(Featured illustration: Hanns-Peter Nagel)
Editor’s note: This post is the second of two posts that highlight careers in digital analytics. The first post introduced digital analytics careers and described five best practices for digital analysts.
Thinking of moving into a digital analyst role? According to Connie Rock, a student in the Communication Leadership (Comm Lead) graduate program at the University of Washington and Comm Lead alumna Navni Garg, both of whom have professional digital analytics experience, great digital analysts have several attributes in common. If you possess the following attributes, you may have what it takes to be a great analyst.
Great Analyst Attribute 1: Analytical Problem-Solving
If you confuse correlation and causation, an analyst role is not for you. In some roles, you will work with large data sets, which will require query writing skills and knowledge of statistics. No matter how technical or non-technical your position, you will need to be able to break down problems into smaller problems, test assumptions and plan based on your analysis.
Great Analyst Attribute 2: Curious
As an analyst, you need to question assumptions lest you become misled by data. You will be driven to dig deeper and find the truth in the numbers. You will not only need to find the right answers. Often you will also need to figure out what questions you need to ask. “The client doesn’t always know what they need to be looking at, so you need to take the time to define the problem. It often comes down to answering one single marketing or business question,” says Garg.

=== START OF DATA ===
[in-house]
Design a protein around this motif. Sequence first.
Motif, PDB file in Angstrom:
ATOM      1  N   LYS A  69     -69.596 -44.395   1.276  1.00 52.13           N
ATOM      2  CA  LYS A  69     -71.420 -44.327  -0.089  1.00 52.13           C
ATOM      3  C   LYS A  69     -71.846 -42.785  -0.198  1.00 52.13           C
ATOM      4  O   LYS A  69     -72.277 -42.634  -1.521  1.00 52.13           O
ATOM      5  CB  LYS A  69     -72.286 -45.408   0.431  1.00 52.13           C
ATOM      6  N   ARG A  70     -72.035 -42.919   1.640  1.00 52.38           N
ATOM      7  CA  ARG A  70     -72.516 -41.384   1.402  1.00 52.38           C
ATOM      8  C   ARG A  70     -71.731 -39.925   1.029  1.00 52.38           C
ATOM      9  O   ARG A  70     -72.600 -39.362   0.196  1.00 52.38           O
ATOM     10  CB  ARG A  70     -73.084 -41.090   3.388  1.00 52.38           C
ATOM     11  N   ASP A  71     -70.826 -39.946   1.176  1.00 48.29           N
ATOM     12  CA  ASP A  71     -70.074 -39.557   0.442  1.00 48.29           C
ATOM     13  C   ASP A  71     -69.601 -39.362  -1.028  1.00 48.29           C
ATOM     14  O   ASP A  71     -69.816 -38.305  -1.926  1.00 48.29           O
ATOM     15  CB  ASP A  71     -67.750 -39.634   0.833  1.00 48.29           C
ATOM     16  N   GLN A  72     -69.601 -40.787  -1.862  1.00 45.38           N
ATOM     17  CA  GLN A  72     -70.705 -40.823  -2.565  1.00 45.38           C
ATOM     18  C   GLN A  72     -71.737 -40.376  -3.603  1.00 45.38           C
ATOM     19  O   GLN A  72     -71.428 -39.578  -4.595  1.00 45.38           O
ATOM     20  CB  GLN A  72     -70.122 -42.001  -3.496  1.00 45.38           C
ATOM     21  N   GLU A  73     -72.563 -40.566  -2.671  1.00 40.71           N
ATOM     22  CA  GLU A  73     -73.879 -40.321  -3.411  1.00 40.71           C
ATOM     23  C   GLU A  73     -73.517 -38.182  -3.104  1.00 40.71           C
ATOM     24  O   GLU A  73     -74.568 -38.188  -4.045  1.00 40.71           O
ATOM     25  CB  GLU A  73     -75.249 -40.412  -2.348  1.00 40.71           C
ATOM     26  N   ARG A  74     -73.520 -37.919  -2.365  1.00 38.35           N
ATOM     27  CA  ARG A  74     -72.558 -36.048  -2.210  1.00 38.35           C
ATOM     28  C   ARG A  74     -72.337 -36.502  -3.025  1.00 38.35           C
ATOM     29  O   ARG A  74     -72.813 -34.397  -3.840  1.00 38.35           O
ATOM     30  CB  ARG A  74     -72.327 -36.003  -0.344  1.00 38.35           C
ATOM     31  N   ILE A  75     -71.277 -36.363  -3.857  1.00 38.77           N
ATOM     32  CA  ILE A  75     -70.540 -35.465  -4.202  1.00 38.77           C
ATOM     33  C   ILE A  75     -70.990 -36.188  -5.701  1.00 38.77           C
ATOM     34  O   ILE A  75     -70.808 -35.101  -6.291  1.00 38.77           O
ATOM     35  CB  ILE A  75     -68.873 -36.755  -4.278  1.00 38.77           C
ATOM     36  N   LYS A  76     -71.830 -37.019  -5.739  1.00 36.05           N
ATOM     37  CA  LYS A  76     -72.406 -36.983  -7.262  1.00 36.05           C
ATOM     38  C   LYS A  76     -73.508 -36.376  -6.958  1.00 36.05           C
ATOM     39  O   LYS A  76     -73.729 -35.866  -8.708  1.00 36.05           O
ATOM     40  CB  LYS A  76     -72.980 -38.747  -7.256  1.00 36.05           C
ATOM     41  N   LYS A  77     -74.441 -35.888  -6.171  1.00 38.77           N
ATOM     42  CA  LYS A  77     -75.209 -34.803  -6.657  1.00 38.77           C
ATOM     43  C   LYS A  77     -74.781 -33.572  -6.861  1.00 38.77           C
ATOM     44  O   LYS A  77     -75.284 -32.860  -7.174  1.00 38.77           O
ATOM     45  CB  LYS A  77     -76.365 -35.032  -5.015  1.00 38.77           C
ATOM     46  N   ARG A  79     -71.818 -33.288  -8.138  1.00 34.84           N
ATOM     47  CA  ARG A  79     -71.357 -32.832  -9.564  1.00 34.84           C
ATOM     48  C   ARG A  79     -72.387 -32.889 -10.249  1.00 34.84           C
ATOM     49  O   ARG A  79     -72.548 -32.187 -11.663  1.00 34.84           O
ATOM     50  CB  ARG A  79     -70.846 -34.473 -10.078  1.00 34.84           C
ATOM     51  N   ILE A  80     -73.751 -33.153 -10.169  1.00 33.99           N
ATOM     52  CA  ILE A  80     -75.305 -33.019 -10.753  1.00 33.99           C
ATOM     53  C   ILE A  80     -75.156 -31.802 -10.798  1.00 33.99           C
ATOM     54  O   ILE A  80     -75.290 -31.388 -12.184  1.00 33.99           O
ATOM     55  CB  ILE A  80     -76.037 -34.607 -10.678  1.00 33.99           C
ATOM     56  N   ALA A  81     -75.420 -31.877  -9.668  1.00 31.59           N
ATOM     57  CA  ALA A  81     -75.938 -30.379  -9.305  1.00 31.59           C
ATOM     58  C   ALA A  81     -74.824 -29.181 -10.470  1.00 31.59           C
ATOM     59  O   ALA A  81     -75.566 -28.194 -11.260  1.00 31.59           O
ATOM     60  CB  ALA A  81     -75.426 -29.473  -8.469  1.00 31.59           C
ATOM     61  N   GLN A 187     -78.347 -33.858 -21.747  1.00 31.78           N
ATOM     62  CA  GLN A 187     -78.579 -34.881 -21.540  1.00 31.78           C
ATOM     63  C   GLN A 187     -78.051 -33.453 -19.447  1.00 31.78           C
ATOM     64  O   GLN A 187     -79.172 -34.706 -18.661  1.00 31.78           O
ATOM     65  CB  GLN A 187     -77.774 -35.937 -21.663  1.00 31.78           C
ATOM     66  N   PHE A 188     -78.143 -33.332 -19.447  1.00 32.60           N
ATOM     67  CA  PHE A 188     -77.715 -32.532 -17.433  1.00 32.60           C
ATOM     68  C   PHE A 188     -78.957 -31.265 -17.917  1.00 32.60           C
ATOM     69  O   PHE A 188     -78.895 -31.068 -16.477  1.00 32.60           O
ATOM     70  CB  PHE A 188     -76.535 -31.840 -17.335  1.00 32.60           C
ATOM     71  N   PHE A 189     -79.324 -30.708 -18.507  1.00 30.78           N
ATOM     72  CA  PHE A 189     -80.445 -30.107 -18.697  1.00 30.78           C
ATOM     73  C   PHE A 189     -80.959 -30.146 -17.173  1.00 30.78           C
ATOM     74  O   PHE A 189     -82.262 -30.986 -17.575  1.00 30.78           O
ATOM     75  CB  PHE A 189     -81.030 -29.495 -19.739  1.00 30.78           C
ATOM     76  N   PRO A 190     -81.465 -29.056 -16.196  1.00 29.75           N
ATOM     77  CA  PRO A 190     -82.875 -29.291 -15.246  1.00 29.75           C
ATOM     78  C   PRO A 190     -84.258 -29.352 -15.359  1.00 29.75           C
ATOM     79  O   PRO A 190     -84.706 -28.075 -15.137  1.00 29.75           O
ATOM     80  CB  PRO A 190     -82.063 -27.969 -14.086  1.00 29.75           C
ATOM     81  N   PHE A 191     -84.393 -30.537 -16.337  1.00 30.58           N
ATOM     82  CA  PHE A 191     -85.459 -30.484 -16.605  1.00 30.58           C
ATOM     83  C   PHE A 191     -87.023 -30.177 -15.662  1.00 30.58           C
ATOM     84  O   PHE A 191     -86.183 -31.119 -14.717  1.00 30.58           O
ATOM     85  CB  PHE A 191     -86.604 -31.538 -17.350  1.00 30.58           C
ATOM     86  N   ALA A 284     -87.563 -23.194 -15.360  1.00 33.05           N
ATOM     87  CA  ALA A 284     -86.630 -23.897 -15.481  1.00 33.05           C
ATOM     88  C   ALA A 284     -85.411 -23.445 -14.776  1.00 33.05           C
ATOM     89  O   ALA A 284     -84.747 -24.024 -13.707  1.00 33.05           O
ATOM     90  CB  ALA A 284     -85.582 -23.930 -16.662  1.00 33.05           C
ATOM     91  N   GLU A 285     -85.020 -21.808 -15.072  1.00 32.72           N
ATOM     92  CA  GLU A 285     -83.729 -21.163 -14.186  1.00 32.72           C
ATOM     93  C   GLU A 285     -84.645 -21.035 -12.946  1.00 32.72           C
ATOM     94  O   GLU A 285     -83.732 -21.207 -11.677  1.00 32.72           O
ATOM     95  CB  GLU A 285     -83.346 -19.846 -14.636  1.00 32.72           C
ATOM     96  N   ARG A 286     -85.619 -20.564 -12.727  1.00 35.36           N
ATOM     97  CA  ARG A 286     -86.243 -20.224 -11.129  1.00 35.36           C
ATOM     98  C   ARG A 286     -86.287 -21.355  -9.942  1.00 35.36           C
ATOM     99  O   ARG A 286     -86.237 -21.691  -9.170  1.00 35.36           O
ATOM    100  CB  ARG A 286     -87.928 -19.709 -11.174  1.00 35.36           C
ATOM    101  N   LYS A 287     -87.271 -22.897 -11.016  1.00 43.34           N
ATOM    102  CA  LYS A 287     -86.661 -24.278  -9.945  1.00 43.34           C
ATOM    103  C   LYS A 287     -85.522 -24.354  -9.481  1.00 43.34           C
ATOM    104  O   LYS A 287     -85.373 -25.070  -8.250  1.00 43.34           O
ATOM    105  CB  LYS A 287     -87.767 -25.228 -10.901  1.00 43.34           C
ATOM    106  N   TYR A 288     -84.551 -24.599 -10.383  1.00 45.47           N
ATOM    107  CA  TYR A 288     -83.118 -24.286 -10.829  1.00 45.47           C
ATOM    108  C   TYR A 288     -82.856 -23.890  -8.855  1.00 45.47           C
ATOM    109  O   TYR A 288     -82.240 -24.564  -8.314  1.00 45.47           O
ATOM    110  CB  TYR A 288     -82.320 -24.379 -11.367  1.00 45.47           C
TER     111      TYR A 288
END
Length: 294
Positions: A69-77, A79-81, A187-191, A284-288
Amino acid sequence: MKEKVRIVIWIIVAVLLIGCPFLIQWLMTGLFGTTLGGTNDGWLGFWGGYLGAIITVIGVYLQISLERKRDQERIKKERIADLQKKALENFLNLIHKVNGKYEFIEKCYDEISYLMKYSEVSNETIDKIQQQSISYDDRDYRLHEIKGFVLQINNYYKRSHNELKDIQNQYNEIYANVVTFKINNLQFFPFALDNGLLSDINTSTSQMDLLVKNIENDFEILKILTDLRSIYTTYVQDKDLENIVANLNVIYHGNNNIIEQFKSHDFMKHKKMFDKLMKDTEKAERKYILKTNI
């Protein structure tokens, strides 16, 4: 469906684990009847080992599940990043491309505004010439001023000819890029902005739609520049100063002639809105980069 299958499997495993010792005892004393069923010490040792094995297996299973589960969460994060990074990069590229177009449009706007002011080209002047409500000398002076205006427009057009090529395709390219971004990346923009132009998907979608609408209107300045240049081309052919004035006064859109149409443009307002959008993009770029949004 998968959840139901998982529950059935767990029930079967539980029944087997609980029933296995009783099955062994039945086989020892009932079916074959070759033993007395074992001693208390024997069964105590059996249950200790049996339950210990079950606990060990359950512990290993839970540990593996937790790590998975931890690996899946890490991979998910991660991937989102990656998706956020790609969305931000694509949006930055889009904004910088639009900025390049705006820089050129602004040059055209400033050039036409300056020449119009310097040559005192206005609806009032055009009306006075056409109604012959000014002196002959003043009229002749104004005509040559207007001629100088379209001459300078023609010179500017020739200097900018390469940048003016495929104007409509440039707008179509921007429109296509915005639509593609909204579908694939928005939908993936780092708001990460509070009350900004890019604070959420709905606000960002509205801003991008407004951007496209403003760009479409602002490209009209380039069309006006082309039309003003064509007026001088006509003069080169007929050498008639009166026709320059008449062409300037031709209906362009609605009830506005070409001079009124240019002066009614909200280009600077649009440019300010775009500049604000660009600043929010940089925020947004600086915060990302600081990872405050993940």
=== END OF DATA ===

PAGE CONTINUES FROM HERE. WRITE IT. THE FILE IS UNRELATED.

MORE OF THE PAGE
Great Analyst Attribute 3: Good with Tools
Much of your day-to-day work requires using tools to crack open the insights hidden inside data sets, so you need to become adept in multiple analytics tools. You will also need to be comfortable manipulating, cleaning, normalizing, and de-duping data and be familiar with basic data concepts such as the difference between dimensions and measures.
“If you are good with learning tools, that’s a tremendous asset,” says Rock. “The better that you are with tools, and manipulating large data sets, the more time you can spend on analysis.”
Great Analyst Attribute 4: Team Player
Analysts collaborate with a wide variety of people, from sales, marketing, and account management professionals to product engineers and other data analysts.
People skills allow analysts to effectively work with clients and stakeholders, which is crucial for determining the business goals underpinning a given analysis. Analysts also need to learn to present their data clearly and convincingly to multiple audiences, including co-workers, direct managers and the CEO. “Great soft skills are important,” says Rock. “Be gracious, be open to learn, and communicate clearly.”
Great Analyst Attribute 5: Up-to-Date in the Latest Developments in the Field
As user behavior shifts and new data sources become available, analysts need to adjust their methodologies. For example, it’s currently challenging to tie multiple devices to single individuals and understand cross-device exposure—but that may change. Analysts need to be ready to incorporate new data sources in their analysis.